updated 10/10/2006 6:23:24 PM ET 2006-10-10T22:23:24

A former executive who admitted to embezzling millions of dollars from oil and gas drilling company Patterson-UTI Energy Inc. was sentenced to 25 years in prison Tuesday.

Jonathan D. Nelson, 36, was accused of taking more than $77 million from the second-largest land-based oil and gas drilling rig fleet in North America through a bogus invoice scheme. Authorities said he spent the money on an airplane, an airfield, a cattle ranch, a truck stop, homes and vehicles.

Nelson also was fined $200,000 and ordered to pay restitution of about $77 million minus the money that has been recouped from the sale of assets Nelson had purchased with the stolen money. He had faced a maximum sentence of 30 years in prison and a $500,000 fine.

In comments to the court before Nelson was sentenced, Cloyce Talbot, the president and chief executive of the company, called the former chief financial officer a “sophisticated, high-dollar con man,” who before the embezzlement came to light had become “like a son to me.”

“I’m not here to talk about money: what we’ve lost can’t be measured in dollars,” he said. “Jody stole reputations that I will not live long enough to rebuild. We all trusted Jody. I can’t tell you how many people he betrayed.”

Several members of Nelson’s family, including his father, brother, estranged wife and numerous friends filled the gallery section. Nelson told the court that his embezzlement was “not fueled by greed or maliciousness.”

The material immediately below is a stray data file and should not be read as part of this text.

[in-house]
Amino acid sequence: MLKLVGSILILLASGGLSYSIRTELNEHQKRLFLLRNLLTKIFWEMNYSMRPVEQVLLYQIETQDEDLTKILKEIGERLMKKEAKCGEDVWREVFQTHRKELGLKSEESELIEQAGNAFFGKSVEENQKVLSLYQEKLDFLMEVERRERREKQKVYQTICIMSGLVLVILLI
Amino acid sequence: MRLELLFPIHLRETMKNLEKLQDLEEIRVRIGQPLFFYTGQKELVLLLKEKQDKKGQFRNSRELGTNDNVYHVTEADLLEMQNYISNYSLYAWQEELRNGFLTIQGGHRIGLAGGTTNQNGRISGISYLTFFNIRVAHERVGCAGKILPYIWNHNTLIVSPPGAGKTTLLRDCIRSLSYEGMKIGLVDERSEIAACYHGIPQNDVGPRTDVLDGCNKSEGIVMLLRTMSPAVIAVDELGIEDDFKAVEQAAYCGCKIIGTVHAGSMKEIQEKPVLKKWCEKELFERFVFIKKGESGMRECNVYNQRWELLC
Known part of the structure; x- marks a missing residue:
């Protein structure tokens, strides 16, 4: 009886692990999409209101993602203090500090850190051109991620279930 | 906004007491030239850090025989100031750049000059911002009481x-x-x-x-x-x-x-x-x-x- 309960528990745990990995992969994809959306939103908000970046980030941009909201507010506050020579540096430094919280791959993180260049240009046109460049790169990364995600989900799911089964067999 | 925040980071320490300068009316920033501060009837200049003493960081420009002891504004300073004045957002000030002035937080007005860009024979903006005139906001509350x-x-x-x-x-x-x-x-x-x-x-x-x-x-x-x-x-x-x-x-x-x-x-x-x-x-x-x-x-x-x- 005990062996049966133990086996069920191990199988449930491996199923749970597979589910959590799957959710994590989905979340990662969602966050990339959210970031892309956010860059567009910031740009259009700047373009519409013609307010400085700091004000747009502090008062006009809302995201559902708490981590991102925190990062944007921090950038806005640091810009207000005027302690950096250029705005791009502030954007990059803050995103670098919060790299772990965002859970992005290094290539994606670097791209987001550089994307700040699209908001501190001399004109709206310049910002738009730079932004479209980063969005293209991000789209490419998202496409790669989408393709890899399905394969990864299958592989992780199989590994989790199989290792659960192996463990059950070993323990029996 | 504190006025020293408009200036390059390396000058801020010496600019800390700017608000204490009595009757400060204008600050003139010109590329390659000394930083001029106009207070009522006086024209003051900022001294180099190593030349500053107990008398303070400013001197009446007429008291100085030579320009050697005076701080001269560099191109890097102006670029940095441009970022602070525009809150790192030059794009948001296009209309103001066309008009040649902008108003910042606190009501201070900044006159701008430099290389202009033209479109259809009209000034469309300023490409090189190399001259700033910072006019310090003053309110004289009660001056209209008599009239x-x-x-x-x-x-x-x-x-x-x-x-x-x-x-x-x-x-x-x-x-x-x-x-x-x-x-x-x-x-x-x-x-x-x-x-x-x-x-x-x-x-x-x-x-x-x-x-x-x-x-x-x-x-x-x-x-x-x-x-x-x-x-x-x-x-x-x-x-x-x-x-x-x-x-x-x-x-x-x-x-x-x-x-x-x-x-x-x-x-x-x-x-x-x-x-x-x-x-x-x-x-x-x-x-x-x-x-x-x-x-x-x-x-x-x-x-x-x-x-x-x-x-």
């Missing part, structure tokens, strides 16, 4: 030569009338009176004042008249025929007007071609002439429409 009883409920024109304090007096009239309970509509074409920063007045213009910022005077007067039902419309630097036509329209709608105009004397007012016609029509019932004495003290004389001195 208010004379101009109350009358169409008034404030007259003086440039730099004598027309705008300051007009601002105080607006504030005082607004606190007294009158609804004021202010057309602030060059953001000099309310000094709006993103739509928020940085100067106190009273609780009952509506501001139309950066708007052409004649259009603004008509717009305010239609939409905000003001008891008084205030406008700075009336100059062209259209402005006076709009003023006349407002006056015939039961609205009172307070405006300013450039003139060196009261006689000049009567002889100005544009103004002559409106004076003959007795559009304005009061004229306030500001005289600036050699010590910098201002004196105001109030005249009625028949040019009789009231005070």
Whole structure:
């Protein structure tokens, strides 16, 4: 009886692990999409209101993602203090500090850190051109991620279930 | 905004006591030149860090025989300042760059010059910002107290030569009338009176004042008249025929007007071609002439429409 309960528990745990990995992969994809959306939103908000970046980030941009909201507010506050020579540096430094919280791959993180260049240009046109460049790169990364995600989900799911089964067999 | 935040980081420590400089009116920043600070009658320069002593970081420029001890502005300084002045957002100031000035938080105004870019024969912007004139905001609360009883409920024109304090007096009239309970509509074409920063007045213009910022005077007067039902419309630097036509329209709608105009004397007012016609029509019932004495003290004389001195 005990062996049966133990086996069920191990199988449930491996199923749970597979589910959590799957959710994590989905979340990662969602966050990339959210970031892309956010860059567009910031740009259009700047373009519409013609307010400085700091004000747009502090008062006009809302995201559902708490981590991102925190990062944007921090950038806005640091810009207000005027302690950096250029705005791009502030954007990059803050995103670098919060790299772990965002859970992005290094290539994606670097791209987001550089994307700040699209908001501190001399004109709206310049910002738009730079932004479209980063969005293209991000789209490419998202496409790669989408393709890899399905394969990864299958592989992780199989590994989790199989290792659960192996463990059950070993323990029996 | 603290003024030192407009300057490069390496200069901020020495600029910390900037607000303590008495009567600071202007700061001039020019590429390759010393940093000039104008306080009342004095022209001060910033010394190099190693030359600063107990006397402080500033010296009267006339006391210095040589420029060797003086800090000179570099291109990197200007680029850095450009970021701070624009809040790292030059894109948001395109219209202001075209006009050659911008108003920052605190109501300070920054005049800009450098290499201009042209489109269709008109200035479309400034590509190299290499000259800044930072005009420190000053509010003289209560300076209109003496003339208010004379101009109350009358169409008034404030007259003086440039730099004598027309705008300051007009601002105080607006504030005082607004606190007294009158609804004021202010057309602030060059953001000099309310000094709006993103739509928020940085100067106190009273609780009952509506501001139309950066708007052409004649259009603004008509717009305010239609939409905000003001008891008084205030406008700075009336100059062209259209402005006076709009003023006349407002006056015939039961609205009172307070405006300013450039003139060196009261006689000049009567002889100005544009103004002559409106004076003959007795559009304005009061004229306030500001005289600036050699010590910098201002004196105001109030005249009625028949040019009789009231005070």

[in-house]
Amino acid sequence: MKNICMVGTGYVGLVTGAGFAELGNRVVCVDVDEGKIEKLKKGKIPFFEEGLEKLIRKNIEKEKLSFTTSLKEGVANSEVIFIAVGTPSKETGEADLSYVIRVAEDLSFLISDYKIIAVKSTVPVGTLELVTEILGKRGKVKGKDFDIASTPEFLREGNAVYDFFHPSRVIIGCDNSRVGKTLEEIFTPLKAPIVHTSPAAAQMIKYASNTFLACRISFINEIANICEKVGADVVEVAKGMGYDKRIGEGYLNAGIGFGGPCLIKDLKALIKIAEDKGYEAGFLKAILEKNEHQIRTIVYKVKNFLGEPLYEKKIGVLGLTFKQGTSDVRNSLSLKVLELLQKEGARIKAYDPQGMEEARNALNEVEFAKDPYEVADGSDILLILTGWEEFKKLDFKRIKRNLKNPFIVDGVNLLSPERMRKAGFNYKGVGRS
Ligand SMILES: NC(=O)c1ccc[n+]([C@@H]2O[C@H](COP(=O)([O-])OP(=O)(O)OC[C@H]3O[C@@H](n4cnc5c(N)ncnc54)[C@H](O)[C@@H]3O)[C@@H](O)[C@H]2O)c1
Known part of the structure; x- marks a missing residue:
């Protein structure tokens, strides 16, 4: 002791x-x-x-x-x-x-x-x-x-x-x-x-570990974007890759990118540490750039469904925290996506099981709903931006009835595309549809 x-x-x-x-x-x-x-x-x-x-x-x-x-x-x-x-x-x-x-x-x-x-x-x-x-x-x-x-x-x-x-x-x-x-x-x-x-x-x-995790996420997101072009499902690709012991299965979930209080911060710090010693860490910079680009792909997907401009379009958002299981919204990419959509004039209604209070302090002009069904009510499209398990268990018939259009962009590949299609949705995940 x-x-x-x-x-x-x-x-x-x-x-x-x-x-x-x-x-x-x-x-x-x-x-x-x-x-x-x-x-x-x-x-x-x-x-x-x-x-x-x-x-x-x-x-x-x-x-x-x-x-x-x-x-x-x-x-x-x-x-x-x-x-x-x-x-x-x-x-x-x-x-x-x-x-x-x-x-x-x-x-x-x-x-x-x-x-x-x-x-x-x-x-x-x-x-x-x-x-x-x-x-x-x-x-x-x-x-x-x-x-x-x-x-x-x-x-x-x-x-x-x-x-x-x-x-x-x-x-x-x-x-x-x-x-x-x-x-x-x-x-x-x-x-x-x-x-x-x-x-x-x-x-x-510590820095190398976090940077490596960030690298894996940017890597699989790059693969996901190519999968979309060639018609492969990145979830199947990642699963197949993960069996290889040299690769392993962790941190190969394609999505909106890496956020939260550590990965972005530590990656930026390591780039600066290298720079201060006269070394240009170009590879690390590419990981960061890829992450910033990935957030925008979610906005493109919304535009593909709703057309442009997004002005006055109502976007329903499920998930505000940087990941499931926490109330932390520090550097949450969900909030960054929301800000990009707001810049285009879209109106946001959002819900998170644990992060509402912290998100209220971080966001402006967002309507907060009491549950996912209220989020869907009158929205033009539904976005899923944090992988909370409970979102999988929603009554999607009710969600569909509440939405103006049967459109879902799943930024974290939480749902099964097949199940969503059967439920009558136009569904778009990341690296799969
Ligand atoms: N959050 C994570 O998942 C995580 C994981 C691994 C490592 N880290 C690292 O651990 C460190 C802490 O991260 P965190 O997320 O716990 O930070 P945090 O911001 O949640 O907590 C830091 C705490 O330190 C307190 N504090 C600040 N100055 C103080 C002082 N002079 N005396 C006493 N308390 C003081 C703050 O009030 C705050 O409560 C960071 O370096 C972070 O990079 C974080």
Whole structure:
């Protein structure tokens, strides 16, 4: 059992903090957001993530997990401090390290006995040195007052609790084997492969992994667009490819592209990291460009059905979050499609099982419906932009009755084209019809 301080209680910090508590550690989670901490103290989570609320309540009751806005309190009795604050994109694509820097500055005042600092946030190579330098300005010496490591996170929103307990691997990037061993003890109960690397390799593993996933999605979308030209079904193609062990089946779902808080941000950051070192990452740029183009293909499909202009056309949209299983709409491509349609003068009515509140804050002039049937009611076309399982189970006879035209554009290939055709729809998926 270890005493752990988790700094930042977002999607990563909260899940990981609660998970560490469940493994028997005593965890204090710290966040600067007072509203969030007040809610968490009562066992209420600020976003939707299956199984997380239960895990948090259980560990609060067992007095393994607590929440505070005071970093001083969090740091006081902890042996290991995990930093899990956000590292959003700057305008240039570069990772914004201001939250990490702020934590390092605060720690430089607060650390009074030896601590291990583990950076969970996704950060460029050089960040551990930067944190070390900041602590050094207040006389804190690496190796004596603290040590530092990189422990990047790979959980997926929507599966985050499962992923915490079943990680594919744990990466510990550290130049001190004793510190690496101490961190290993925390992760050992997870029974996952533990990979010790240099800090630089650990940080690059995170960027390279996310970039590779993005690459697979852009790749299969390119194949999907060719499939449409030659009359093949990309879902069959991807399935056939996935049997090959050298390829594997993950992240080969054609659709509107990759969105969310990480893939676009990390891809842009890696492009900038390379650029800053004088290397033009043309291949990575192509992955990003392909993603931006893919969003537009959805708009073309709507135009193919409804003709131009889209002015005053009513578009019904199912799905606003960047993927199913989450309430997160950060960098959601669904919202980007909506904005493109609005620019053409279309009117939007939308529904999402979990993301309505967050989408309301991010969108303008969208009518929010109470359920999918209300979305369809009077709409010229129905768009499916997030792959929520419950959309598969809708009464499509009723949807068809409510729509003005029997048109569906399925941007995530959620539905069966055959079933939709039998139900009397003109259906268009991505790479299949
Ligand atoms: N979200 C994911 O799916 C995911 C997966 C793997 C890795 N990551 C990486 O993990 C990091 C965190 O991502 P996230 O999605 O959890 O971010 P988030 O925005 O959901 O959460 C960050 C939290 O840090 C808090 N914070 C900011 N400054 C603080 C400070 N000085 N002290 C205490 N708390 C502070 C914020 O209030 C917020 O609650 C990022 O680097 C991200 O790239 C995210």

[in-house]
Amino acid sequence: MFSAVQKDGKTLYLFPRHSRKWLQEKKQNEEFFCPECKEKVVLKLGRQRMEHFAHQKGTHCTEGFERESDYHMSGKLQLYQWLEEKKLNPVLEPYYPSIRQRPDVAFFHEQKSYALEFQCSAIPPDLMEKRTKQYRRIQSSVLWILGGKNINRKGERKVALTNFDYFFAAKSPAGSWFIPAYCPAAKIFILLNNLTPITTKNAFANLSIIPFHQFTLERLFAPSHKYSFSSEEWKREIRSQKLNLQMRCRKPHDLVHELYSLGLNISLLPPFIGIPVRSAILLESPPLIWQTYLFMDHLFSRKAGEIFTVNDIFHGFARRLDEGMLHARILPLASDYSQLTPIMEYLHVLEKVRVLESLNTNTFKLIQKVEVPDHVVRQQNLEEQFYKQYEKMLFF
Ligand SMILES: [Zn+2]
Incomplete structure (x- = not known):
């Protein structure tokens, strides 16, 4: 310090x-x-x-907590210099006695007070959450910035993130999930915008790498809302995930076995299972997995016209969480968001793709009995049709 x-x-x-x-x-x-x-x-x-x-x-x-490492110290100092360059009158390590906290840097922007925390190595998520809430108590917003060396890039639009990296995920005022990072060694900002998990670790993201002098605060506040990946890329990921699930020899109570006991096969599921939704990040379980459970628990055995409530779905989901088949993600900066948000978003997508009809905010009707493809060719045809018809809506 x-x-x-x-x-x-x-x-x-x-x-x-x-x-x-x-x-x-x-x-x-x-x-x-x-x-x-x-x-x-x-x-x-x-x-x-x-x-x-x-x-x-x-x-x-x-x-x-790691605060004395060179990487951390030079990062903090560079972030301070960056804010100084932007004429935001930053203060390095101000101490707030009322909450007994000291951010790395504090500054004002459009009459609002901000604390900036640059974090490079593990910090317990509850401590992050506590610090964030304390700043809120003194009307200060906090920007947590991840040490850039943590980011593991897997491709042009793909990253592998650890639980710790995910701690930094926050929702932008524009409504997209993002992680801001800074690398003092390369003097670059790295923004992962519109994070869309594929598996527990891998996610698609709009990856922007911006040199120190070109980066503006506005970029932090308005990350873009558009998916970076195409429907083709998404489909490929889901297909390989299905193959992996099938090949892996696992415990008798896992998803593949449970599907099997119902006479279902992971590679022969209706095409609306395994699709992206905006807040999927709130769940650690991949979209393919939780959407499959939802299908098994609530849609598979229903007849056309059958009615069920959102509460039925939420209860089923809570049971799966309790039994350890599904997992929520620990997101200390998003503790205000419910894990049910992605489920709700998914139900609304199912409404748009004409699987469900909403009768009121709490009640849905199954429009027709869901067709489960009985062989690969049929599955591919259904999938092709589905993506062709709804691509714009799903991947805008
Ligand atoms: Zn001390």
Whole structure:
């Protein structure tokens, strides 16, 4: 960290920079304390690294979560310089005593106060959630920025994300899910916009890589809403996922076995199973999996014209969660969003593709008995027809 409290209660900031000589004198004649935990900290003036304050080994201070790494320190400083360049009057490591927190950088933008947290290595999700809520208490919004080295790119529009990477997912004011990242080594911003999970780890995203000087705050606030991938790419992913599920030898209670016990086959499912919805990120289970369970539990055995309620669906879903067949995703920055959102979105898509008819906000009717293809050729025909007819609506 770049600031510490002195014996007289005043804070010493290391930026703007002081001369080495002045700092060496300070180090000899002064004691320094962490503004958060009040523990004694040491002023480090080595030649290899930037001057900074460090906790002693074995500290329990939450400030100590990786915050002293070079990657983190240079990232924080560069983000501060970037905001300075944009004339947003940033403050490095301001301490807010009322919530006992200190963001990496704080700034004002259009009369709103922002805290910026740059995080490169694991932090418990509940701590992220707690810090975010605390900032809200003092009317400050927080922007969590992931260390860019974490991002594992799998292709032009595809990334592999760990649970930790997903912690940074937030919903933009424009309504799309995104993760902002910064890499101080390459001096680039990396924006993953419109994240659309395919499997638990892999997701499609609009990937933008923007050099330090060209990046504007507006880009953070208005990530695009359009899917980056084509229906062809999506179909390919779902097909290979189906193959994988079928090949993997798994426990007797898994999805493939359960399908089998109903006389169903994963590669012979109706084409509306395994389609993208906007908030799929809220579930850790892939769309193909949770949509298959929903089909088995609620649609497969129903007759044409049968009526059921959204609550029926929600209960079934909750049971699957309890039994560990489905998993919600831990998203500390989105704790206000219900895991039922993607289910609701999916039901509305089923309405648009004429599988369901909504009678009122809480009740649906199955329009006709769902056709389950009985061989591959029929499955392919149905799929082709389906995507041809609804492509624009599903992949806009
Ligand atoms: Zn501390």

“I am truly very sorry and ashamed of my betrayal,” he said. “I know that words are cheap for me, but I want to apologize to the board, management and employees, and specifically to Mr. Talbot and Mr. Patterson.”

In an agreement with prosecutors, Nelson pleaded guilty in April to one count of wire fraud and aiding and abetting; and one count of engaging in monetary transactions derived from specified unlawful activity and aiding and abetting.

Nelson, who resigned in November, also was accused in a Securities and Exchange Commission civil lawsuit. He was named in a criminal complaint in November that accused him of falsely certifying an SEC report. The complaint came a day after the SEC sued Nelson alleging he embezzled the money.

“We are at a crossroads in American society where corporate malfeasance has appeared to reach an all-time high,” U.S. District Judge Sam Cummings said in court. “This type of conduct simply cannot be tolerated in our society.”

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